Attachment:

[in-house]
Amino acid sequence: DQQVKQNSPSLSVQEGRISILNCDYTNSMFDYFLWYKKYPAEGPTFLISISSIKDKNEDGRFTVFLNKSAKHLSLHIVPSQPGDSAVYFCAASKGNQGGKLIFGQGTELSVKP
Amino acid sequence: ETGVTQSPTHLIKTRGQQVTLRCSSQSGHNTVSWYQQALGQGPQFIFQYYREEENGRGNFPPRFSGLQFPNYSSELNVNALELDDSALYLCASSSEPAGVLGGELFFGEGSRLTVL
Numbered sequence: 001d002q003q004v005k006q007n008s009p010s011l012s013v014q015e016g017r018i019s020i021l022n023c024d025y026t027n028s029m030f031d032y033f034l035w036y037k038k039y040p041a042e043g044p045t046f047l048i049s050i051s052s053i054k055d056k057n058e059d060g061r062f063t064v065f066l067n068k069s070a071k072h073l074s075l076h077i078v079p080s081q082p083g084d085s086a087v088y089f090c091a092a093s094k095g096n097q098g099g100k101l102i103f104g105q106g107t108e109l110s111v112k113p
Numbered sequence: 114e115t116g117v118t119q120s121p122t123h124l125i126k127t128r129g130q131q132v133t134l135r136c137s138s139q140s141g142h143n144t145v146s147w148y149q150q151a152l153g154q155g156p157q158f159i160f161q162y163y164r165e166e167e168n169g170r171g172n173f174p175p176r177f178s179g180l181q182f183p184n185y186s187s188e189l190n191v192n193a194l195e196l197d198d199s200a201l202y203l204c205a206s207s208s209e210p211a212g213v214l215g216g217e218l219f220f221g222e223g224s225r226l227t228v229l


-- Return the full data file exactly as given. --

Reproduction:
[in-house]
Amino acid sequence: DQQVKQNSPSLSVQEGRISILNCDYTNSMFDYFLWYKKYPAEGPTFLISISSIKDKNEDGRFTVFLNKSAKHLSLHIVPSQPGDSAVYFCAASKGNQGGKLIFGQGTELSVKP
Amino acid sequence: ETGVTQSPTHLIKTRGQQVTLRCSSQSGHNTVSWYQQALGQGPQFIFQYYREEENGRGNFPPRFSGLQFPNYSSELNVNALELDDSALYLCASSSEPAGVLGGELFFGEGSRLTVL
Numbered sequence: 001d002q003q004v005k006q007n008s009p010s011l012s013v014q015e016g017r018i019s020i021l022n023c024d025y026t027n028s029m030f031d032y033f034l035w036y037k038k039y040p041a042e043g044p045t046f047l048i049s050i051s052s053i054k055d056k057n058e059d060g061r062f063t064v065f066l067n068k069s070a071k072h073l074s075l076h077i078v079p080s081q082p083g084d085s086a087v088y089f090c091a092a093s094k095g096n097q098g099g100k101l102i103f104g105q106g107t108e109l110s111v112k113p
Numbered sequence: 114e115t116g117v118t119q120s121p122t123h124l125i126k127t128r129g130q131q132v133t134l135r136c137s138s139q140s141g142h143n144t145v146s147w148y149q150q151a152l153g154q155g156p157q158f159i160f161q162y163y164r165e166e167e168n169g170r171g172n173f174p175p176r177f178s179g180l181q182f183p184n185y186s187s188e189l190n191v192n193a194l195e196l197d198d199s200a201l202y203l204c205a206s207s208s209e210p211a212g213v214l215g216g217e218l219f220f221g222e223g224s225r226l227t228v229l